I’ve come late to touring kayaking. I’d dabbled in whitewater kayaking but didn’t discover touring boats until coming to work at NRS.
It was fun, but camping while boating is my thing, so I started looking for some overnight possibilities. Boat camping on Dworshak Reservoir has always intrigued me. It’s an Army Corps of Engineers project, created by damming the North Fork of the Clearwater River near Orofino, Idaho. The dam backs up water some 60 miles into the Idaho backcountry. Sprinkled along its shores are 121 mini-camps, accessible only by boat. Each has a pit toilet, picnic table and metal fire ring. The touring kayaks would let us easily reach these camps.
Dworshak Reservoir. © Tyler Harris
Tyler and I brought our gear up on Friday morning and dumped it off in the Frameshop, where Company Use gear is stored. Virginia and Matt had graciously agreed to do grocery shopping Thursday evening. We took off work at noon, gathered up gear and loaded it, along with four touring kayaks, two sit-on-tops and a canoe in our 15-passenger van and trailer.
We got on the road around 2:30 and headed south. Halfway down the hill into the LC Valley one of the trailer tires shed its tread. The tire stayed inflated so we limped into Lewiston to a tire shop. A half-hour later and a new tire richer, we continued on. Highway 12 to Orofino, then up the Grangemont Road into the woods. When the road T-ed we turned left towards Headquarters. Had we gone right we’d have passed through Pierce, near where gold was first discovered in Idaho in 1860. Beyond Pierce is the Weippe Prairie, where in 1805 the starving Lewis and Clark Expedition stumbled out of the rugged mountains and were welcomed and fed by the Nez Perce people – an act of kindness that some in the tribe later came to regret.
Headquarters is a shadow of its former self. In the logging heyday, there was quite a community there. Now most of the buildings have been moved or demolished. Not far past Headquarters is a sign on a turn off, “Grandad Bridge – 27 miles”. And that’s 27 slow miles of steep, winding gravel road, that takes about an hour to negotiate.
We gawked a bit and then started unloading our camping gear in preparation for making our evening meal of grilled hamburgers. As the load in the back of the van began to diminish, I wasn’t seeing one important item. Luc had done most of the inside packing, so I asked him where he’d put the green York Pack. “I didn’t load a York Pack,” he said. My heart sank – it was my kitchen box, with a nested cook set, cooking utensils and my personal eating utensils, bowl, cup, etc! How had we missed packing it? I knew it had gotten to NRS; I’d used our Gear Checklists to inventory and load all my gear into the car. And I’d checked to make sure it all got unloaded at the Frameshop and that our gear pile got loaded into the van and trailer. A mystery indeed.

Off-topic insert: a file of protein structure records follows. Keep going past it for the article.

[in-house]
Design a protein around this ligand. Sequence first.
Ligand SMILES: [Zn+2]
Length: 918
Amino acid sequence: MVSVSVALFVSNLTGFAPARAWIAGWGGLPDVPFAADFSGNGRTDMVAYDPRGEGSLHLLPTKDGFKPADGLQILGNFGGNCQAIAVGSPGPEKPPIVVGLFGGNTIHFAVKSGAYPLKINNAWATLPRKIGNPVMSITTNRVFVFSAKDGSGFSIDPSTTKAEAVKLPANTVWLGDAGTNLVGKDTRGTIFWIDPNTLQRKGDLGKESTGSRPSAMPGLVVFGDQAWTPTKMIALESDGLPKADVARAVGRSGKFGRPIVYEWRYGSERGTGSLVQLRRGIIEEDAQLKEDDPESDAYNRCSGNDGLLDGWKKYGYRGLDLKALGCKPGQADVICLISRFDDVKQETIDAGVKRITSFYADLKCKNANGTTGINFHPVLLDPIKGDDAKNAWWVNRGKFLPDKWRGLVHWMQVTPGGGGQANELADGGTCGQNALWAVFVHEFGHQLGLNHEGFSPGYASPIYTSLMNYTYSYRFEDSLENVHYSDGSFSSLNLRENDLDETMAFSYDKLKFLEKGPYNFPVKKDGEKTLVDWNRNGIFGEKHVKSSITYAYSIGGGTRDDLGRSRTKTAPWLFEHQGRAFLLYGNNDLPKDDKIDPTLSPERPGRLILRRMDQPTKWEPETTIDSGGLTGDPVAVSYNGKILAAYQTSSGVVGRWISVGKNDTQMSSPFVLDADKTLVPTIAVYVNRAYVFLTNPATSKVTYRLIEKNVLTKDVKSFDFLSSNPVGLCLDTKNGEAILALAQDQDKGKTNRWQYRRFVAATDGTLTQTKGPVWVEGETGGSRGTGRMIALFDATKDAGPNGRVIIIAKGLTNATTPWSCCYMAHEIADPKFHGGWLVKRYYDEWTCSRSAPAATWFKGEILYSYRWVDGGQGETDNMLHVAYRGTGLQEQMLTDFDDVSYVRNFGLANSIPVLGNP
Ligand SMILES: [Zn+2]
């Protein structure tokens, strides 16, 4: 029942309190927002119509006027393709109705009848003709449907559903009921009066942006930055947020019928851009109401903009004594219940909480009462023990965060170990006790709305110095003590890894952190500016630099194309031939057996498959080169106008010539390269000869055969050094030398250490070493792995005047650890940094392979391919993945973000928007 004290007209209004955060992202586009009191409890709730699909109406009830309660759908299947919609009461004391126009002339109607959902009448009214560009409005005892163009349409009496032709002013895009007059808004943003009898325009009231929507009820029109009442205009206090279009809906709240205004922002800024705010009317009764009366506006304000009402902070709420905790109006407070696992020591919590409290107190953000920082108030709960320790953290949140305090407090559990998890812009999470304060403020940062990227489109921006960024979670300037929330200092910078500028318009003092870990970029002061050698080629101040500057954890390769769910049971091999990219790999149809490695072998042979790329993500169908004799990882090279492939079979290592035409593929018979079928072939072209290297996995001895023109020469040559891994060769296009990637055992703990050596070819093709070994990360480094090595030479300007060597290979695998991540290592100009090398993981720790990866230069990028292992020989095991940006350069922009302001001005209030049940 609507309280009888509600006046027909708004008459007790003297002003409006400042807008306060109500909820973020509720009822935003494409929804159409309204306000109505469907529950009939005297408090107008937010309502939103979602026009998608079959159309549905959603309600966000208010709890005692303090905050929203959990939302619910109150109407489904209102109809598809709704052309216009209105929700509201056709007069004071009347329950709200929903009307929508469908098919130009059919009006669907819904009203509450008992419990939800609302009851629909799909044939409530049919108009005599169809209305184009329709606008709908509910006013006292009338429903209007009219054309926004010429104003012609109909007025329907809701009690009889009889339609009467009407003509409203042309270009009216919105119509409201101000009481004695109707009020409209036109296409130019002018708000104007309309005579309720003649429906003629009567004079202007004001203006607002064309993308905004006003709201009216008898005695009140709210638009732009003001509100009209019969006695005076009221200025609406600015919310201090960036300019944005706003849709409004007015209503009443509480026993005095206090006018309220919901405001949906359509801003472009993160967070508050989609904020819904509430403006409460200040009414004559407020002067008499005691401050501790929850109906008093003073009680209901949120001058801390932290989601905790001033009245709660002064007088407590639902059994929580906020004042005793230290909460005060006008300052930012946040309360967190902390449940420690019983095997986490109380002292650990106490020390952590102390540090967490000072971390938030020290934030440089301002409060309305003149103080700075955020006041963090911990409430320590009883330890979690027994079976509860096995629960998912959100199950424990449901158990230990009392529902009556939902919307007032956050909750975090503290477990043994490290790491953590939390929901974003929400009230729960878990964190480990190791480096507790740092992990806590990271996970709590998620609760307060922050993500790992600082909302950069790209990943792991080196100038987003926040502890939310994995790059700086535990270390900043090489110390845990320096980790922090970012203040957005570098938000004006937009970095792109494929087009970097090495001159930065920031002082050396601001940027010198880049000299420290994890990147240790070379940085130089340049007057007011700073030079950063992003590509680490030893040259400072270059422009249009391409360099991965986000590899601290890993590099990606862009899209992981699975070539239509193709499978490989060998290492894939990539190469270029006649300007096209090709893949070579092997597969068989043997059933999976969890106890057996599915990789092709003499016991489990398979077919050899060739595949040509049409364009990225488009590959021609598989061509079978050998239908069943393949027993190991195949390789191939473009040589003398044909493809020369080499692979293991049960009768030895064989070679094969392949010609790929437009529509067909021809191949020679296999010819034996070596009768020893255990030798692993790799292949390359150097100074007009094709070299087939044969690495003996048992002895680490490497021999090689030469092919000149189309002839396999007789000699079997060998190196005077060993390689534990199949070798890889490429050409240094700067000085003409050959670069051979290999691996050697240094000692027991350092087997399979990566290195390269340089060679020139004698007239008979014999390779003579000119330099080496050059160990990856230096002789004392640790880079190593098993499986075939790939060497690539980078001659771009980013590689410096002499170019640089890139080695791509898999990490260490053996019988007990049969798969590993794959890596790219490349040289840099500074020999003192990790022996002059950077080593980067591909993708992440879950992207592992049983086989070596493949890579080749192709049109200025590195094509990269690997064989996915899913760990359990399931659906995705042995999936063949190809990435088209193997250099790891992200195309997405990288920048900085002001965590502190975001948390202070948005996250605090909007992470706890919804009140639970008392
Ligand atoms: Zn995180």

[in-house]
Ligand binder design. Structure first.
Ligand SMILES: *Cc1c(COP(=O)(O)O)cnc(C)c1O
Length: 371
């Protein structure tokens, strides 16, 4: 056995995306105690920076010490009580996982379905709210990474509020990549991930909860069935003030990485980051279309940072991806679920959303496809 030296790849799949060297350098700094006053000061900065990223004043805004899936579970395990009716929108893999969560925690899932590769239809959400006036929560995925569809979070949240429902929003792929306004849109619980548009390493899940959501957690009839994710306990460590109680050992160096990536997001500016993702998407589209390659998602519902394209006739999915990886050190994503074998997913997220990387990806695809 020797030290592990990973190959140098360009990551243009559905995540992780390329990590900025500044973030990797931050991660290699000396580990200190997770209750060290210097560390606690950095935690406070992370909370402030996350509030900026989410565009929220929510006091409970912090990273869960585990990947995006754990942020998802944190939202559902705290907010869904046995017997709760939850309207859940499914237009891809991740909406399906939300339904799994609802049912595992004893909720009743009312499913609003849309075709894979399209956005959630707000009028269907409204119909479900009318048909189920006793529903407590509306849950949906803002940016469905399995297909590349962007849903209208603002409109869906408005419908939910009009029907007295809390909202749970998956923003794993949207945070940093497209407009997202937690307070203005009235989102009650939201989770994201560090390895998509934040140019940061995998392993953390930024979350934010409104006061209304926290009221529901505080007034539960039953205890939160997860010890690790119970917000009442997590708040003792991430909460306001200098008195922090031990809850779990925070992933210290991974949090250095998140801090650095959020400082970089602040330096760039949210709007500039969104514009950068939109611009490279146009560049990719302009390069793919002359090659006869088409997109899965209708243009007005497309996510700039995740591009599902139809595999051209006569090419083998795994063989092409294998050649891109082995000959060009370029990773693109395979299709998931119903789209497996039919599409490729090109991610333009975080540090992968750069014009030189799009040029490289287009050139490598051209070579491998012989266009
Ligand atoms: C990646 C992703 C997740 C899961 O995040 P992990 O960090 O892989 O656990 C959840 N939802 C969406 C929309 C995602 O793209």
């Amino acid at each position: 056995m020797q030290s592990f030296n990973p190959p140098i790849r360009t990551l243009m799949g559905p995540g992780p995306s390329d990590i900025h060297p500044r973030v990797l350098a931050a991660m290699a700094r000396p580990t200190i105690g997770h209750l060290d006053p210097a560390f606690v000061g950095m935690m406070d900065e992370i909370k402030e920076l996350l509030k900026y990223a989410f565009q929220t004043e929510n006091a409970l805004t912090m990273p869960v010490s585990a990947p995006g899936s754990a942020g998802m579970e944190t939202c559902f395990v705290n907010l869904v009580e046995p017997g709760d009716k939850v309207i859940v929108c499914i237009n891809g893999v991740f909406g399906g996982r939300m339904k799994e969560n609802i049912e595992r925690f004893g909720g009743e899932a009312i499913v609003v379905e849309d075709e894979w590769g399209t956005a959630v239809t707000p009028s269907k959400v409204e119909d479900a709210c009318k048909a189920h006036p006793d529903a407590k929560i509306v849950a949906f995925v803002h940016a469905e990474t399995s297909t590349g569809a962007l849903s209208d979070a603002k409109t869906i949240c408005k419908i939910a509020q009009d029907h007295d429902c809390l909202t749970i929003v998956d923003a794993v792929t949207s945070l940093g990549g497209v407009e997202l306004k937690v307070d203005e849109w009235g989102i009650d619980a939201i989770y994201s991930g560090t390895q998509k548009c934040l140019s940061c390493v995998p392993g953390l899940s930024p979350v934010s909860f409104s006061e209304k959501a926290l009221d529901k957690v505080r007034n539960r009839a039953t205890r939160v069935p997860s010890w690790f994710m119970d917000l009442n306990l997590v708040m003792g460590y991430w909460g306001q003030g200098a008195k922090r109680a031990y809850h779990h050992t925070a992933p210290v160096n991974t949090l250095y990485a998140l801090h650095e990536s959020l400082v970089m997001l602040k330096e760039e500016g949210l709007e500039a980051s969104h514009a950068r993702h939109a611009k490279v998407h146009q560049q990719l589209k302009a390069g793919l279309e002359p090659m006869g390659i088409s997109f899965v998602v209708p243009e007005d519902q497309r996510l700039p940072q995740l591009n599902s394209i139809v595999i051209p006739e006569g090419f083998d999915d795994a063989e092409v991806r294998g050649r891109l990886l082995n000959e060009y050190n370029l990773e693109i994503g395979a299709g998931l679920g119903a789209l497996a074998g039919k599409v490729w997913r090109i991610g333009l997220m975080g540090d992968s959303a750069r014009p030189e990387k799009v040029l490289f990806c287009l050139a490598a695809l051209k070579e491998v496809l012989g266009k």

I was pretty bummed, but the rest of the crew counseled against despair. We inventoried what we had and things looked up. Luc had brought a backpacking stove and a small cook pot, Matt had another one-burner stove with two pots and I had a one-burner with two small nested pots. I’d packed the coffee pot separately and had my commuter cup. We could adapt!
We followed the blinking strobes for quite a while. Then they disappeared and we figured they’d rounded the point. Later there were more blinking lights, then red lights and sweeping white lights. We pondered and speculated. Could that be them? What are the red lights? Maybe they’re being abducted by aliens or had an encounter with gunrunners. Just when we were ready to send out the water cavalry, they came gliding up out of the gloom, laughing at the wonder they’d caused. Turned out Luc and Ashley had headlamps with red “nightlight” LEDs!
After the prodigals returned, we retired. Although there was some flash lightning in the distance, I decided not to put up the tent and just tossed the sleeping bag down on my ¾- length backpacking pad, right on the gravel lot. In the night I groggily woke thinking my pad had deflated and the gravel was poking me through it. Then I discovered I’d rolled off the pad and I didn’t even have the deflated pad to soften the gravel.
We reached a mini-camp about four and a half miles above the put-in by early afternoon. There were only a couple of obvious sleeping sites, looked like it might be a bit cramped for our size group. Tyler, of course, was still up for paddling and volunteered to cruise up farther to see if there was a better camp. Casey wanted to go too. The rest of us hung out, some fishing and exploring, some taking it easy. I laid out on my Neo Touring Skirt and Motion Jacket, used my Hustle for a pillow and was soon making up for a lousy night’s sleep. Dave, that dog, pulled out his Double Nest Hammock and snoozed in suspended comfort.
The evening meal was interesting. The main course was to be a one-pot meal, River Paella, from a recipe given us by Associate Terry Feigenbutz. Terry, in addition to his many other talents is a professionally trained chef; everything he fixes is delicious (here’s a link to his recipe). Ah, the rub, we had no pot large enough to make it a one-pot meal. So, we fired up all three stoves and proceeded to make a five-pot meal. Even without the ability to simmer it all together, it was delicious. Raw veggies, bread and cookies, along with the wine that didn’t make it into the paella, rounded out the meal.